Timber Age Systems Inc. hopes to tackle wildfire mitigation efforts, economic development and affordable housing with a new facility
Timber Age Systems Inc., a Durango-based company specializing in manufacturing cross-laminated lumber for sustainable construction projects, plans to expand its manufacturing capacity and develop a new facility after receiving a grant from the Department of Health Colorado Public and Environmental Affairs. Recycling Resources Economic Opportunity Program.
The grant of approximately $ 440,000 will cover the creation of a new 2,500 to 3,000 square foot manufacturing facility in La Plata County, which will triple the capacity of Timber Age, said co-founder Andrew Hawk. It will also help the company recruit more employees and increase its use of locally harvested ponderosa pines.
Timber Age Systems aims to create usable wood products from fire mitigation efforts in the Southwest. The company pulls all the wood it uses from fire mitigation projects, turning to public and private lands for the ponderosa pines it needs.
This diverts trees that would typically be wasted while creating economic opportunities and a product that local builders can use. It’s all part of Timber Age Systems’ efforts to use sustainable construction to create healthy forests.
“If ponderosa pine is to be removed from the forest from a forest health and fire mitigation standpoint, we as a community have to figure out what to do with it. And we need some kind of market for that, ”Hawk said. “It was therefore as much about determining how to use the wood and diverting it from landfills or incineration as it was about determining how to put it in buildings”
Timer Age Systems’ manufacturing process attempts to maximize sustainability, linking local builders to local forests.
“We were able to do the round trip from where the tree was harvested to our manufacturing facility back to a structure in less than 50 miles,” said Hawk.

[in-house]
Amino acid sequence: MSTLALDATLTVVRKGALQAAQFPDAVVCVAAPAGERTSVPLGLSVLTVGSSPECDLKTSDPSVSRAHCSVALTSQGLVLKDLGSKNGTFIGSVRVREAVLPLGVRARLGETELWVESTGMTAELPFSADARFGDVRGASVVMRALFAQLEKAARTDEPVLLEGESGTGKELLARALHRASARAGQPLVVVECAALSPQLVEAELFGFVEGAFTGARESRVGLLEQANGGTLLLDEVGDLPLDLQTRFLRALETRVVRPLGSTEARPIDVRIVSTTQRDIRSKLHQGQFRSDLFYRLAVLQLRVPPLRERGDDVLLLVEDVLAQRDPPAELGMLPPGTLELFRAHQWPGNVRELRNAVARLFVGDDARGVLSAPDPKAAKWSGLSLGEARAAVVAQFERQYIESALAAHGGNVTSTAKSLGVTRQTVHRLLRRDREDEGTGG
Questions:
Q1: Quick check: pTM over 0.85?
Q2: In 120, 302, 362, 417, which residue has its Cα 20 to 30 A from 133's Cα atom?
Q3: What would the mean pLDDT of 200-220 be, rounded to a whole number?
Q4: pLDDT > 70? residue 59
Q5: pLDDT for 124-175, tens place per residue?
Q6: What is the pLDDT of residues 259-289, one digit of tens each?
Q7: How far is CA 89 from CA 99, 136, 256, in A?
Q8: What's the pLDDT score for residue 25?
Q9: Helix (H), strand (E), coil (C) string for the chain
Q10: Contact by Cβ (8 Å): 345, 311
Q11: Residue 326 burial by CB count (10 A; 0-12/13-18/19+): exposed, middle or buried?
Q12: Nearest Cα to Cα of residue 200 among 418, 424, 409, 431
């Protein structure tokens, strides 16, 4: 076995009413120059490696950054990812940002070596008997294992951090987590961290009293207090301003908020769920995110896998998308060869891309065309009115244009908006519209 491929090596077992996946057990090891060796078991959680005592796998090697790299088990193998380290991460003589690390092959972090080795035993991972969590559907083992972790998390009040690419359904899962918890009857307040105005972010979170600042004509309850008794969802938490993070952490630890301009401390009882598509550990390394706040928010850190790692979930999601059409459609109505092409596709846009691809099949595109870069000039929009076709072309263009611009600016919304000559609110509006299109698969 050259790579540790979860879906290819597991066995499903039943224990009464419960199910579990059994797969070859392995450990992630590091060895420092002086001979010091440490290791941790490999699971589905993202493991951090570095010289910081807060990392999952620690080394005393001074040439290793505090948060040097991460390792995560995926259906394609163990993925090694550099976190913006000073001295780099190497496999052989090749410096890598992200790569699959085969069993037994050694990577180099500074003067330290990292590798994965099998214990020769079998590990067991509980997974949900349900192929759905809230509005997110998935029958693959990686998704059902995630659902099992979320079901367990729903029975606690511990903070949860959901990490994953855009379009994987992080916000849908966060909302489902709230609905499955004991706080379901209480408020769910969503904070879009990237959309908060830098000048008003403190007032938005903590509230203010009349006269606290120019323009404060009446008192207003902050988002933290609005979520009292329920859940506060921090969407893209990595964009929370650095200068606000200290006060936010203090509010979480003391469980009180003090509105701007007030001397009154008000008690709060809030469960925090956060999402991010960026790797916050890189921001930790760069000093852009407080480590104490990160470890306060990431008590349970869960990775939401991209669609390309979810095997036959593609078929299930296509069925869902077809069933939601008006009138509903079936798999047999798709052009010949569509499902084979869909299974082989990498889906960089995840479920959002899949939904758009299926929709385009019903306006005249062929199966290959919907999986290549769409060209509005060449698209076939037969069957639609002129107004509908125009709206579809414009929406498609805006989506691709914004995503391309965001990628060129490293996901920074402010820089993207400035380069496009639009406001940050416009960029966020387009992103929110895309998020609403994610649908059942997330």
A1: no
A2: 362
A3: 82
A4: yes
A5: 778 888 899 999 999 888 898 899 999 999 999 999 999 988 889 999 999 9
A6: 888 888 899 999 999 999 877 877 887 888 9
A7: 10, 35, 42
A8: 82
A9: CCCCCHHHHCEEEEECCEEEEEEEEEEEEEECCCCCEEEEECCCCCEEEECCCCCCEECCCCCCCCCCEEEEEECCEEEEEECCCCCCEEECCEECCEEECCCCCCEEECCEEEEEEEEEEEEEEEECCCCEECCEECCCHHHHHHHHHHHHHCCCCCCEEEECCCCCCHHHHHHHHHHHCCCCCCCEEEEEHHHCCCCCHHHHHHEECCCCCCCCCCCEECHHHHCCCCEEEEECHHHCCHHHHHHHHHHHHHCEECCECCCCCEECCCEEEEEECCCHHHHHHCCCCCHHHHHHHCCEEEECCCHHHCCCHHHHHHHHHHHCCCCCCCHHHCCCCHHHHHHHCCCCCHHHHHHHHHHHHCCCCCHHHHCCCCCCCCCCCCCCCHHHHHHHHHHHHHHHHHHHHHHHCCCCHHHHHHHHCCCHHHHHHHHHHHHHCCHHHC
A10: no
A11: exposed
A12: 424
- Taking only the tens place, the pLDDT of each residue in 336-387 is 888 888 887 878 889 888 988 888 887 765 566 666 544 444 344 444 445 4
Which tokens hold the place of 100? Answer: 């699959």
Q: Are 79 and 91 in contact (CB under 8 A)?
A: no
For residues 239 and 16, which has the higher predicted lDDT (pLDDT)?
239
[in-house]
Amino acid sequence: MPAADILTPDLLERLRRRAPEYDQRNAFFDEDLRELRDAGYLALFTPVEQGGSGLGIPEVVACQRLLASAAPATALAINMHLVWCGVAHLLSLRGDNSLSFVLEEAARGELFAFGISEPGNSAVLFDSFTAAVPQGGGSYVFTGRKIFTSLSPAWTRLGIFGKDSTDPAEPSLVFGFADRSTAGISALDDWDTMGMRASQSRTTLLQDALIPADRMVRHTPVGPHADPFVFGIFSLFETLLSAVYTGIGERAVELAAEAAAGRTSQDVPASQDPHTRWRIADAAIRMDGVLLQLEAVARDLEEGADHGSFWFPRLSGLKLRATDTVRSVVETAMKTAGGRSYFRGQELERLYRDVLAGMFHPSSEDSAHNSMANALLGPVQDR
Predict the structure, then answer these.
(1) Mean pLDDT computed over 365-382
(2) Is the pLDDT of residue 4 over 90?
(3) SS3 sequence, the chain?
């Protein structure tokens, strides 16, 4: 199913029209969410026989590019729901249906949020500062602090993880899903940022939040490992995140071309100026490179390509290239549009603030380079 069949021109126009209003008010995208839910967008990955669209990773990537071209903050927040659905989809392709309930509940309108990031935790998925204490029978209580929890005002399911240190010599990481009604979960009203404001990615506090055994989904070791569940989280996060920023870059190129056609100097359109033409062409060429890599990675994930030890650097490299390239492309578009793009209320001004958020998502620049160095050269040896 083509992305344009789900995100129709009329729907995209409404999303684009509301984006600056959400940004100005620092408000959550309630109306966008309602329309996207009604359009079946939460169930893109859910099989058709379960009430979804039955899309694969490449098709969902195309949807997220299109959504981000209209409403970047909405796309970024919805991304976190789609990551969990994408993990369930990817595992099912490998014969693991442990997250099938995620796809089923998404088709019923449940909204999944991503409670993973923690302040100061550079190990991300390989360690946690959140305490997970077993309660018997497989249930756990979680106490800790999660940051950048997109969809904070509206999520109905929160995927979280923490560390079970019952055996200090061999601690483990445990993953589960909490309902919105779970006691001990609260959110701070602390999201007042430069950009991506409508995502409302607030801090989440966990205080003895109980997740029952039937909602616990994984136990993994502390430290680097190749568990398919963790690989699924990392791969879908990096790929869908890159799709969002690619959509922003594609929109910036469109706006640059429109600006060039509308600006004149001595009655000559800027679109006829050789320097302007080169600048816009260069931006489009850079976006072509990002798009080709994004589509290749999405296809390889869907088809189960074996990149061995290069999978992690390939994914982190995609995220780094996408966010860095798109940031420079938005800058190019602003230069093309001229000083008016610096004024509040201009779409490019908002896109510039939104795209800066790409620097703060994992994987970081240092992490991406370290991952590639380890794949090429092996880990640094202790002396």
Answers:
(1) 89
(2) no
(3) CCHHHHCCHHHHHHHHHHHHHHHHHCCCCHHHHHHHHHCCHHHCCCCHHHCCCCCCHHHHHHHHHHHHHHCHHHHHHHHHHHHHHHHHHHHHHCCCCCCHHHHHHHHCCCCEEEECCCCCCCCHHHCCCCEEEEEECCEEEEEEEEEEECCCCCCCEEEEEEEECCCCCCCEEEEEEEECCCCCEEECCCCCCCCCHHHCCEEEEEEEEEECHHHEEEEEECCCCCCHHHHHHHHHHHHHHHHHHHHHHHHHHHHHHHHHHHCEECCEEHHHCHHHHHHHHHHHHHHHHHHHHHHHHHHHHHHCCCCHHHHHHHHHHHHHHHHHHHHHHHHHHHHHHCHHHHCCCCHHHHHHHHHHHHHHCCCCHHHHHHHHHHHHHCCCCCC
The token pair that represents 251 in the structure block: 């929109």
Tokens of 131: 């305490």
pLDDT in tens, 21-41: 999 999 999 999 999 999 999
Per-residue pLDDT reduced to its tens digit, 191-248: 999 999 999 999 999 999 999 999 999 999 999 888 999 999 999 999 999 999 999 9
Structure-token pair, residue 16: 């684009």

Cross-laminated timber was first developed in Austria and Germany in the 1990s, according to Erol Karacabeyli, a scientist at FPInnovations, in “US Cross Laminated Timber Handbook. “It was designed to replace concrete and steel in the construction of commercial, industrial and multi-family residential complexes.
“The Europeans developed it so that they can create buildings with a lower carbon footprint and an overall improvement in energy demand in terms of heating, cooling and building maintenance costs,” said Hawk.
Cross-laminated timber buildings are 60% to 70% more energy efficient than traditional buildings, Hawk said. They can also be assembled 40% faster.
The use of cross-laminated timber in construction projects has increased in Europe but has fallen behind in the United States Over the past decade, cross-laminated buildings have started to grow. proliferate in the Pacific Northwest, but they have not yet succeeded in southwest Colorado.
“The market is growing,” Hawk said. “I would say he’s slow and he’s currently small. But with the recent focus by municipalities on workforce housing, employee housing, quick housing solutions, the conversation is intensifying. “
Hawk said cross-laminated lumber could help solve the current housing crisis in southwest Colorado. With faster construction times, housing complexes can be built inexpensively, entering the market at lower prices.
As Timber Age Systems grows, it plans to continue to champion its wood products as a sustainable building material and solution for fire mitigation and affordable housing.
“We knew that part of our initial business model had to be education, that we were going to have to work with architects, structural designers, engineers and contractors,” said Hawk.
“It’s gaining momentum. It is absolutely gaining momentum, ”he added.
If you’re wondering about the risks of building with cross-laminated timber in an area with wildfires, Hawk said don’t worry.
“What has been shown in national and global fire studies is that it takes much longer for the structure to become unsafe or to collapse than if it were a steel house. or traditional frame, ”he said. “So they work pretty well on fire. “